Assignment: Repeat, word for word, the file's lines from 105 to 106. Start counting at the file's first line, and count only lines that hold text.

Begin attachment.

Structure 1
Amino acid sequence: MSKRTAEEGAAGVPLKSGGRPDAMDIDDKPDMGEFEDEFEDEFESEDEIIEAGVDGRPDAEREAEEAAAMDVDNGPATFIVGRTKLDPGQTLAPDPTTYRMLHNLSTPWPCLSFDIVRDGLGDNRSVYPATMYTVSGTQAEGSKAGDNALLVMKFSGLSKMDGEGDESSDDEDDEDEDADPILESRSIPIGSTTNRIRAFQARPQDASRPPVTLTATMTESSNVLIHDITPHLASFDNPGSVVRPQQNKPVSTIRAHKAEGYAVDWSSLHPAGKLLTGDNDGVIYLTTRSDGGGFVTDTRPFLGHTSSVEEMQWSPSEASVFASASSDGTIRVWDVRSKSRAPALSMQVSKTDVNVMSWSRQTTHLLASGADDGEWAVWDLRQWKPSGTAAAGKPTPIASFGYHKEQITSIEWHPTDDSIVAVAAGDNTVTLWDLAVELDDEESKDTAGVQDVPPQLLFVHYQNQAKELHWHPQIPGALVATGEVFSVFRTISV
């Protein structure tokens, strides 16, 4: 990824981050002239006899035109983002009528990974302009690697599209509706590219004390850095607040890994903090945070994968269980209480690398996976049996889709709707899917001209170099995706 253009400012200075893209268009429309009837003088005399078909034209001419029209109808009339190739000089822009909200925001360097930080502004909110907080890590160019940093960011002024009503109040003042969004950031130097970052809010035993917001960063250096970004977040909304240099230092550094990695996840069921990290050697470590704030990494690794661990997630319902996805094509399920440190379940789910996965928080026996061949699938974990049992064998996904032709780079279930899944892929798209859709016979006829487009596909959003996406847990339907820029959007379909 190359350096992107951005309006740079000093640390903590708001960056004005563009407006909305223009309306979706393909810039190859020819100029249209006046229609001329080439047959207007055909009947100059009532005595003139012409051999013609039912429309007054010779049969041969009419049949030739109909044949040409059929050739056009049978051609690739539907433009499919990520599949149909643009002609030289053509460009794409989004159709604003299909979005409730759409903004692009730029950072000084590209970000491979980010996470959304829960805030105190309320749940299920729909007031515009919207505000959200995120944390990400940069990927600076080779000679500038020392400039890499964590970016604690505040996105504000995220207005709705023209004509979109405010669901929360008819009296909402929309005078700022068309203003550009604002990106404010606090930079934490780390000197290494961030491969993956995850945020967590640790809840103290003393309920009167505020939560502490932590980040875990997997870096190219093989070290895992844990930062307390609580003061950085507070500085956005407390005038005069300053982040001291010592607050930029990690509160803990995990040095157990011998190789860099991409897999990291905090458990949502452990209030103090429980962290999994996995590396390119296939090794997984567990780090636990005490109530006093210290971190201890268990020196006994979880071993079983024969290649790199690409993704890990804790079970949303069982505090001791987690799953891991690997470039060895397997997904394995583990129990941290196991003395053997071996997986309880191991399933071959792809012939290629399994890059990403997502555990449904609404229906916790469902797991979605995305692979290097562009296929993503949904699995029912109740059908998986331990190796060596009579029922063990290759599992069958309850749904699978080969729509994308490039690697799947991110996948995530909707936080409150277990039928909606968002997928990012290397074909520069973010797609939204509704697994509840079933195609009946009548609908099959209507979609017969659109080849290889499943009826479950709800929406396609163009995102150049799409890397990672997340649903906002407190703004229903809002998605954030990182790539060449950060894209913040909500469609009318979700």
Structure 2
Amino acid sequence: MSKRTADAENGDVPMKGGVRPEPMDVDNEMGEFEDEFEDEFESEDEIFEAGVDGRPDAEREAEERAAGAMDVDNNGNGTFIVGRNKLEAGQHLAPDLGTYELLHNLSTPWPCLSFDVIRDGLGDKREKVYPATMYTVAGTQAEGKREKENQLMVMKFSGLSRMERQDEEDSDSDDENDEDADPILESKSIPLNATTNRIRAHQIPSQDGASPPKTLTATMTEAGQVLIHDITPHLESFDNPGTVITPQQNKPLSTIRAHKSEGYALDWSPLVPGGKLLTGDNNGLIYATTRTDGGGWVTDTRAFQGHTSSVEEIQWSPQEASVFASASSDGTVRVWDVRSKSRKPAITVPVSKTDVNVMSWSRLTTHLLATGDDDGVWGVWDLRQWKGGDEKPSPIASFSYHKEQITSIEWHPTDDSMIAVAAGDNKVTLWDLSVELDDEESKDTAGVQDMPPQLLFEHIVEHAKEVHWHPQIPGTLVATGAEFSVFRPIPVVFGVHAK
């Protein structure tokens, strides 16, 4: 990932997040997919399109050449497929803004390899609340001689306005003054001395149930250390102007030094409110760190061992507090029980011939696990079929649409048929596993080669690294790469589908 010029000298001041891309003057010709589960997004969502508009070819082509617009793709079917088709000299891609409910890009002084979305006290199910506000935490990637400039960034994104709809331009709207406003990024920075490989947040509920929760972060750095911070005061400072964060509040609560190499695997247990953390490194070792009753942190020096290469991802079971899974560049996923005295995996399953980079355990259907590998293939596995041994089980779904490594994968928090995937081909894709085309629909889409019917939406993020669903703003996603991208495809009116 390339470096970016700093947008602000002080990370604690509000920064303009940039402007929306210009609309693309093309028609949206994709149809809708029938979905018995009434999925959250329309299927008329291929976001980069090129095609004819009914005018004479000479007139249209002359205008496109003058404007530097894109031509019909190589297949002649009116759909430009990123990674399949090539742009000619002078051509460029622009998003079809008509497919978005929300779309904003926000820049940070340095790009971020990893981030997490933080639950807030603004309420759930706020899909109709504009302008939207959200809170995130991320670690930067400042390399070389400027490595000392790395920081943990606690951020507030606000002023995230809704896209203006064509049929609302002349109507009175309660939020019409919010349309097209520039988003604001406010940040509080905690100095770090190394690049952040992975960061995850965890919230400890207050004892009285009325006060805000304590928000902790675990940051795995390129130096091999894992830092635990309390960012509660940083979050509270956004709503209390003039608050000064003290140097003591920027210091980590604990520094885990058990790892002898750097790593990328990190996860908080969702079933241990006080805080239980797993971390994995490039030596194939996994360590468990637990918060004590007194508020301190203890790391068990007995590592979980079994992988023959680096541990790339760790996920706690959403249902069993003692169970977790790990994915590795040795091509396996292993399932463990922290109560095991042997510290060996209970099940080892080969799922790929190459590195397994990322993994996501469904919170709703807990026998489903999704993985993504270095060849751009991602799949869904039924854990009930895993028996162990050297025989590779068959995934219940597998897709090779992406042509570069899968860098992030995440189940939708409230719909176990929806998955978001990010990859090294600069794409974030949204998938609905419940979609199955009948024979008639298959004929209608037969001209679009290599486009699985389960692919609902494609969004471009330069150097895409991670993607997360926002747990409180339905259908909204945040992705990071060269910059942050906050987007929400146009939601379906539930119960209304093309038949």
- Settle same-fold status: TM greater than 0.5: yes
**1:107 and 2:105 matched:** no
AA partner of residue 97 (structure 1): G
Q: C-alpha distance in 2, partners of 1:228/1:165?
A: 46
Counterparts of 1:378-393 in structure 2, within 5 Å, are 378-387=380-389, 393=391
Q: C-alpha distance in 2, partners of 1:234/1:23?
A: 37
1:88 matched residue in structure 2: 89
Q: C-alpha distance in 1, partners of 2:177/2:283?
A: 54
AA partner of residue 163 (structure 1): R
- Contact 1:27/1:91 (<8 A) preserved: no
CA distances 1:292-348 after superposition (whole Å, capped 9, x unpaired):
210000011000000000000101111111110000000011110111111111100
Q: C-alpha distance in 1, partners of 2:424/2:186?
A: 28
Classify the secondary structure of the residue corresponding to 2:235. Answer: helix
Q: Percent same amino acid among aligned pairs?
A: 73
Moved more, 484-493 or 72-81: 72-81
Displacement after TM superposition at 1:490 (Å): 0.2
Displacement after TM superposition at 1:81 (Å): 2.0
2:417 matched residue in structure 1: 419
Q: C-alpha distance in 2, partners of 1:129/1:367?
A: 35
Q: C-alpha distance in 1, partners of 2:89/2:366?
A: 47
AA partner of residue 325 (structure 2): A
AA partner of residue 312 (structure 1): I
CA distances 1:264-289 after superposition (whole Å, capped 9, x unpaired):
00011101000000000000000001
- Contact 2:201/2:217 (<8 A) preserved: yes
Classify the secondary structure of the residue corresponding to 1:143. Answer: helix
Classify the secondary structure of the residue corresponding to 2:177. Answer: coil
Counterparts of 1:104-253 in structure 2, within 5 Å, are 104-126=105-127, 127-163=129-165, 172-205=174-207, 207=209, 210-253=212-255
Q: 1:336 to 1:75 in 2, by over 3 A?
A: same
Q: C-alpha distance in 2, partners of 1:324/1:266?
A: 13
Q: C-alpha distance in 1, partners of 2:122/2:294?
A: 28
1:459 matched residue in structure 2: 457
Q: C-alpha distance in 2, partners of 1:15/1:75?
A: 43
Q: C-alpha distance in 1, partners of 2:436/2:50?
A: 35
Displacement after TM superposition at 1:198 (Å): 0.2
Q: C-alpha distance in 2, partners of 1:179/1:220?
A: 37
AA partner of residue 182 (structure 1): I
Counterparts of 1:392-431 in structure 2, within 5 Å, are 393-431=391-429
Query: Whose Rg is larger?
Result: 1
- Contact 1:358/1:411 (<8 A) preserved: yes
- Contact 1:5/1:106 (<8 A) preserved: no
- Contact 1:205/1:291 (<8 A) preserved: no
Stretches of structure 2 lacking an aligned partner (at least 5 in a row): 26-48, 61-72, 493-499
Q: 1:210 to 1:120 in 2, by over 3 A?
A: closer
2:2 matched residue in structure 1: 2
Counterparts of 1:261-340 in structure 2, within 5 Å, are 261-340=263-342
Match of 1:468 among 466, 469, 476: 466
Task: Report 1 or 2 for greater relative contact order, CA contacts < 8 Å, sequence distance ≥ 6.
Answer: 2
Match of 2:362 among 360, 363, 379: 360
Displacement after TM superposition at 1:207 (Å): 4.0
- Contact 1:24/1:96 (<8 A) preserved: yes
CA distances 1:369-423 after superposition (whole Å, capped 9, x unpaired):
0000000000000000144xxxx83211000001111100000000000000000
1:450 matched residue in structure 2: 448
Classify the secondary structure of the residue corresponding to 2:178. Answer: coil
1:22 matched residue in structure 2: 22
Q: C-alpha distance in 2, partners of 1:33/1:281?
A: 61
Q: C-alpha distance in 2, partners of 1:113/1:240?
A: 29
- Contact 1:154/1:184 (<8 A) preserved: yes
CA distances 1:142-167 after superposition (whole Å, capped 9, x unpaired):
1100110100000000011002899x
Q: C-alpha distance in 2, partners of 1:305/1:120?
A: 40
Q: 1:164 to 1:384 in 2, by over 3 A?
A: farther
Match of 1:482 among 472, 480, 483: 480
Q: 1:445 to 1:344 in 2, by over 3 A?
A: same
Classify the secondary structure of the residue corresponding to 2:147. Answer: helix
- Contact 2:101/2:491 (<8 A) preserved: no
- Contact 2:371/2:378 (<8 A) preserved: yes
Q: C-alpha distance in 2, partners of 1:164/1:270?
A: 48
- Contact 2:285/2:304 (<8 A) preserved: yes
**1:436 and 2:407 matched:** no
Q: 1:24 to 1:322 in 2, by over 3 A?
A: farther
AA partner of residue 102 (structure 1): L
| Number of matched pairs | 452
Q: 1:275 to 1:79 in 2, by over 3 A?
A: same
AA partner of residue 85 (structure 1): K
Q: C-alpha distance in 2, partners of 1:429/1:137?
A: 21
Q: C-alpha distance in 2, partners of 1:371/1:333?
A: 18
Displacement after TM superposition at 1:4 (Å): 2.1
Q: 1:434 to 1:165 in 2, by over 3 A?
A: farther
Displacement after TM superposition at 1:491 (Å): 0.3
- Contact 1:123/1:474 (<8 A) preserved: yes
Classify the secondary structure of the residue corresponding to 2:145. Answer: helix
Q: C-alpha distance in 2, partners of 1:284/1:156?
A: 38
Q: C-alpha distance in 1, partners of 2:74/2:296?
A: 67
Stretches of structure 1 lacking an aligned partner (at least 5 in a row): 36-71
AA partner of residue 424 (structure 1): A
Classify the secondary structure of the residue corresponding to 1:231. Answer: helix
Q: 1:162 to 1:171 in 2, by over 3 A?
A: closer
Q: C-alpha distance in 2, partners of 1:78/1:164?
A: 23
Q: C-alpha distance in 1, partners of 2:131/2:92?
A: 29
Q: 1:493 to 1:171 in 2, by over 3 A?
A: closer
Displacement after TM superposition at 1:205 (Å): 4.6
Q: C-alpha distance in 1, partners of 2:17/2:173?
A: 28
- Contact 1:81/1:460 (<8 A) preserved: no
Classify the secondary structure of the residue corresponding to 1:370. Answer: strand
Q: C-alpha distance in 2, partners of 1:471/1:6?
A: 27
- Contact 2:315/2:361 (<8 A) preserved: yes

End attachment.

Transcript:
Q: 1:275 to 1:79 in 2, by over 3 A?
A: same